Housing quality - problems with damp and mould 22 per cent of respondents in 2016 had problems with dampness and mould in their homes. Further information.

Snapshot

SnapshotOnly
Satisfaction with the range of housing to meet current and future needs While 21 per cent of respondents felt the range of Christchurch housing did not meet their current needs, 30 per cent felt the range of housing in Christchurch would not meet their future housing needs. Further information.

First home affordability

Interest.co.nz home loan affordability index(external link) for first home buyers in Christchurch shows on average 21.5 per cent of the household's take home income would be required to service a mortgage. Interest.co.nz considers 40 per cent of a household's take home income to be the threshold for affordability.

The proportion of income required has generally been decreasing since peaking in 2008 at 38 per cent. There was also a smaller peak of 29 per cent in 2010, however since the earthquakes the proportion of a household's take home income has ranged between 20 and 25 per cent. 

Affordability for young families is reduced, sitting at around 28 per cent of household take home income required to service a mortgage, as it is assumed that it is unlikely for both adults to be working full time. For older families, servicing a mortgage is slightly more affordable at 19.5 per cent of take home income.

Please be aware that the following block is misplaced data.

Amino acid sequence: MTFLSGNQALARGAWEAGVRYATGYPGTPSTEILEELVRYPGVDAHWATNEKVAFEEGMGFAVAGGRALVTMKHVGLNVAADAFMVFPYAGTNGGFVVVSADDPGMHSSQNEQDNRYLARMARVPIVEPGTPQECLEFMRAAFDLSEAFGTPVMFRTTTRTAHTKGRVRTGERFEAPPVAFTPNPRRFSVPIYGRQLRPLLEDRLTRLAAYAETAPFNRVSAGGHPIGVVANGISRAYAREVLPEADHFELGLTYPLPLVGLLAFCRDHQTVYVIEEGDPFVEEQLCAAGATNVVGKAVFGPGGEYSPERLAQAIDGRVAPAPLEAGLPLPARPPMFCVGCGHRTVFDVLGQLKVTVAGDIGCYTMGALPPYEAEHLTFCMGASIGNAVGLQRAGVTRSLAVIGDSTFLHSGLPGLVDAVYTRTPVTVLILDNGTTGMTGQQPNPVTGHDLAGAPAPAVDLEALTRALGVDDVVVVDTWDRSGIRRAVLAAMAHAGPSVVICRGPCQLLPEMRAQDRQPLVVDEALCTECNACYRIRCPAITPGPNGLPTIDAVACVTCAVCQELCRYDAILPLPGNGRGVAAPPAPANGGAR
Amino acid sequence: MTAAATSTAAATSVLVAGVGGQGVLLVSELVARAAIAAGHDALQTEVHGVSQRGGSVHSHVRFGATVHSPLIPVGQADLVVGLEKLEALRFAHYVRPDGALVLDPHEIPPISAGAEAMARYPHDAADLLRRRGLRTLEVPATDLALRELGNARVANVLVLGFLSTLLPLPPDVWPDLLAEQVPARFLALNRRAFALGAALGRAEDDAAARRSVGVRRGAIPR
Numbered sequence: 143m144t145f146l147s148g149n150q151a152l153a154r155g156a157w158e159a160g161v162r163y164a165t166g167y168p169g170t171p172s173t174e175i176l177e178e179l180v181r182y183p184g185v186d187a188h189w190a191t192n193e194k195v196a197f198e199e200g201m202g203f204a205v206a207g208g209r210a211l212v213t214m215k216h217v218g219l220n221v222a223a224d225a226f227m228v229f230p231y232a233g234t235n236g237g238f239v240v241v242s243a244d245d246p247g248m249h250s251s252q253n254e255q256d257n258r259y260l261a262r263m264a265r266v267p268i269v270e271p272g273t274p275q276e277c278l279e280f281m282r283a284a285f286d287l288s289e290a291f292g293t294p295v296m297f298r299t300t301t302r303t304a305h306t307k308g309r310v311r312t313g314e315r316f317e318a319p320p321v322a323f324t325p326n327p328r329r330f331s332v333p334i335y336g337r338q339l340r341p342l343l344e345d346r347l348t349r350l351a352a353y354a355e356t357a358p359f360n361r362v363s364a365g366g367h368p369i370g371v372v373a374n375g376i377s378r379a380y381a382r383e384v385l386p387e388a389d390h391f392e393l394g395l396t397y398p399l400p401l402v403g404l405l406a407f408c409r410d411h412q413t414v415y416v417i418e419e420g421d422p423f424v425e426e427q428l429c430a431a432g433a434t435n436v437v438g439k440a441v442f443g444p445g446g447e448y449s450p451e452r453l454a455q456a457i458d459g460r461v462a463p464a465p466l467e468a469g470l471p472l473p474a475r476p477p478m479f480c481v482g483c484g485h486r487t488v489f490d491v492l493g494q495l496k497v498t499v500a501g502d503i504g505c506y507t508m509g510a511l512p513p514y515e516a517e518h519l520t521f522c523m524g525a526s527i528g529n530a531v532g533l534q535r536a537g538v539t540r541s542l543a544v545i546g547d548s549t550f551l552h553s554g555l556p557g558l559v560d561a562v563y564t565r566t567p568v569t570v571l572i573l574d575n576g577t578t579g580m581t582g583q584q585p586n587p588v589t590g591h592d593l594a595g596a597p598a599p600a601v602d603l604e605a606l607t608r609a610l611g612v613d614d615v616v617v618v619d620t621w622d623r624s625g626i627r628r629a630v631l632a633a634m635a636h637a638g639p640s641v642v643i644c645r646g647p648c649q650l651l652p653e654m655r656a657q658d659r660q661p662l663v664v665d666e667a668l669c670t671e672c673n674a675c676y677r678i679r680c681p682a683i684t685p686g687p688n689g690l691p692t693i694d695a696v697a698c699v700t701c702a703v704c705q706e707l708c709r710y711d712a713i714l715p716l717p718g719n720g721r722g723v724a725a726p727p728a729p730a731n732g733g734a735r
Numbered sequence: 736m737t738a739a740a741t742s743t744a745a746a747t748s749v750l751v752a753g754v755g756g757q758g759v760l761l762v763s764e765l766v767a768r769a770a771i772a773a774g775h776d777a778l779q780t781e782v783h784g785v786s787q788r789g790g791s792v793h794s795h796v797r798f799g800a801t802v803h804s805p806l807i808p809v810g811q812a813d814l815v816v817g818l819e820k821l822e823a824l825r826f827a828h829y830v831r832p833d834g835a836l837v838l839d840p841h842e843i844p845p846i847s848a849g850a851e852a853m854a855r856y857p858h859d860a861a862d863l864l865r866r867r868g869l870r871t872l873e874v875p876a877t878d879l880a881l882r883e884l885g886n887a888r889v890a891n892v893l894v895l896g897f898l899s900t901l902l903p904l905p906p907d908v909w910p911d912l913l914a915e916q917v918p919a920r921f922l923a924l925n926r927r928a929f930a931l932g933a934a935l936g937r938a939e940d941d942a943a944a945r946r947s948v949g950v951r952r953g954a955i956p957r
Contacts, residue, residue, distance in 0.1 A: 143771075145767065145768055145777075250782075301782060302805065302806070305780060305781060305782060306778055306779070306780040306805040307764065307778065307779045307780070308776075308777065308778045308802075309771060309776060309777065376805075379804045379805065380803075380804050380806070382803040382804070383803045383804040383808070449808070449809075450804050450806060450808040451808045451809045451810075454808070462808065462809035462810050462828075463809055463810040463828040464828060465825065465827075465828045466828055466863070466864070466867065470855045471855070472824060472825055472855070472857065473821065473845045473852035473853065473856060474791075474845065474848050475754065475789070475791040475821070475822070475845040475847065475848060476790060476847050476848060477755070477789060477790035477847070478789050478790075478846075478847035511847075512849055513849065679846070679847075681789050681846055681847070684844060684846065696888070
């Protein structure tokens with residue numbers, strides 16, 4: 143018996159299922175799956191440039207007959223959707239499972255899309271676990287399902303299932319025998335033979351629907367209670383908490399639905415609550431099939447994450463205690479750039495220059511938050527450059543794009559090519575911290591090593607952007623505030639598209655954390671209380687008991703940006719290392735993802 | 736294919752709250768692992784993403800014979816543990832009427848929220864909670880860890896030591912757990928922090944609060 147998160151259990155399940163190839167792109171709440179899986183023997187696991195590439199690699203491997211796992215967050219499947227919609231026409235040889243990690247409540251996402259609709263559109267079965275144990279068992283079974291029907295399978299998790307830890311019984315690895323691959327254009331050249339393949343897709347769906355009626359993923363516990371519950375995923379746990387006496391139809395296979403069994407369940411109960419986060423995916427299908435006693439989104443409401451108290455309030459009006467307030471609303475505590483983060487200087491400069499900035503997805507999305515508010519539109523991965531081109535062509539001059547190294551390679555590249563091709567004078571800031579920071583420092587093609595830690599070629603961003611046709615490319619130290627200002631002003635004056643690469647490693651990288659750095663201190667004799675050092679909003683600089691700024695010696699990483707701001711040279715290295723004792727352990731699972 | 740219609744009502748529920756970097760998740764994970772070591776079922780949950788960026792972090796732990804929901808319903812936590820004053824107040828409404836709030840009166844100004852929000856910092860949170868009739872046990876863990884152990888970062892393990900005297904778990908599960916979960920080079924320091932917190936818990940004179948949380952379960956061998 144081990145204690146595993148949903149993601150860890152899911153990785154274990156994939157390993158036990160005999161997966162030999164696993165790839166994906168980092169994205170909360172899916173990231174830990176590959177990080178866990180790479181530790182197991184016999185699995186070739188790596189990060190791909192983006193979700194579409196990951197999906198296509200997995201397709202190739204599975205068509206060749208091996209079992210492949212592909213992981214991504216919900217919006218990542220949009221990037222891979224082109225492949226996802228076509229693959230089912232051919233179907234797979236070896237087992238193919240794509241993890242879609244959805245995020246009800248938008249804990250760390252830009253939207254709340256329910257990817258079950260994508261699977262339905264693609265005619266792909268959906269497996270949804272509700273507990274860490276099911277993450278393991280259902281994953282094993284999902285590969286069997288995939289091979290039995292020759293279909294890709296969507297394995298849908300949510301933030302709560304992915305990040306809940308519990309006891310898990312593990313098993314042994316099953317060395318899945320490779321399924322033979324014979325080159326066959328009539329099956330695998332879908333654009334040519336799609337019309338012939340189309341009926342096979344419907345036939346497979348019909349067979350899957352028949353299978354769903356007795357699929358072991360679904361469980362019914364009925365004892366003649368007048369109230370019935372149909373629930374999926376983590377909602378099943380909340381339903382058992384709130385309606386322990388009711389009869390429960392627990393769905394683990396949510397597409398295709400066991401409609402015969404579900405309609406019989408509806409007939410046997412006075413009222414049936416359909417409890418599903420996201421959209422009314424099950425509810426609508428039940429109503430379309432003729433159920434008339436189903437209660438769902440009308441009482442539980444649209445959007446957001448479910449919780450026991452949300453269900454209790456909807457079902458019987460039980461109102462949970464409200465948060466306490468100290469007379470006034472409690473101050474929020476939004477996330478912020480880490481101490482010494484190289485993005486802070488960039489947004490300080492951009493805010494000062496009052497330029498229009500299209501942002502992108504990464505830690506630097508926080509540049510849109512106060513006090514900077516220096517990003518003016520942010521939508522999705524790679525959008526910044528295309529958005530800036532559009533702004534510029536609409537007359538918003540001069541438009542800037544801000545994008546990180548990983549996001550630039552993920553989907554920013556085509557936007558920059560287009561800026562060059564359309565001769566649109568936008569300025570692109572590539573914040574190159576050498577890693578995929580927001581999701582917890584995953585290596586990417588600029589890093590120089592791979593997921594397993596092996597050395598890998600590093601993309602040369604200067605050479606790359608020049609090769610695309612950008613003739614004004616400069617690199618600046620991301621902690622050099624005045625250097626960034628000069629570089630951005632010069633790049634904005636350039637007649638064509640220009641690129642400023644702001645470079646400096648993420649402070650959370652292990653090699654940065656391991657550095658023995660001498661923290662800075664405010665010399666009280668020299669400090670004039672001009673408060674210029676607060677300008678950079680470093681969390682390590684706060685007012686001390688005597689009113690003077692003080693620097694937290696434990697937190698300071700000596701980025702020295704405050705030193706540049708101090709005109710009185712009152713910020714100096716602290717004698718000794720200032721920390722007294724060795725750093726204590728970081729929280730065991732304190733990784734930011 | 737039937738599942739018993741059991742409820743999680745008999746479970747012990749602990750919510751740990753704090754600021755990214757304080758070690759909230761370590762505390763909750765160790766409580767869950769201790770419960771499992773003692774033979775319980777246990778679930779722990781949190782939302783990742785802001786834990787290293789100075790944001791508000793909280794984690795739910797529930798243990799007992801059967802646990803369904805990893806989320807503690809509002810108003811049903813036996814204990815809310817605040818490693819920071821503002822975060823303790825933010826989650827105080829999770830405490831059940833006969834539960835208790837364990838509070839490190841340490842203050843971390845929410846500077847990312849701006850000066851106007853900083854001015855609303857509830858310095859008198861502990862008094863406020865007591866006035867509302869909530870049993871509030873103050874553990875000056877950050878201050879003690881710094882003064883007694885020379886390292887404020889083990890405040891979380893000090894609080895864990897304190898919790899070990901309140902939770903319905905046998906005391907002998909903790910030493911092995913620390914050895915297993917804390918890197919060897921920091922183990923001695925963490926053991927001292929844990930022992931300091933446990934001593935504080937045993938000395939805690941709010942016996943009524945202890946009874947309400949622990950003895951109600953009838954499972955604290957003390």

Christchurch first home affordability is comparable with New Zealand home loan affordability rates. 

Rental affordability

Weekly rents in Christchurch peaked at the beginning of 2015, with an average rent of around $420 per week, as a result of the pressures on the rental market due to the earthquakes (from temporary accommodation for repairs and rebuilds, and the influx of rebuild workers). Since then the average and lower quartile rents have declined to $372 and $256 per week respectively.

Lower quartile rents give us an indication of lower priced rentals in the city, however this data does not show what is happening by size of dwelling so is likely to reflect smaller units as well as cheaper rentals. Although lower quartile rents increased after the earthquakes, they did not experience the same increase as the average dwelling, which resulted in them being 68 per cent of the average rent during this time.

Households by area of the city

The 2007 Greater Christchurch Urban Development Strategy (UDS) identified areas of the city with desired levels of household growth. These were the central area that included the Four Avenues and adjacent medium density areas; the existing suburban parts of the city including medium density areas around larger suburban centres; and the new greenfield areas on the periphery of the city (many were rezoned in 1999 as a result of decisions on the city Plan and subsequent rezoning from rural land).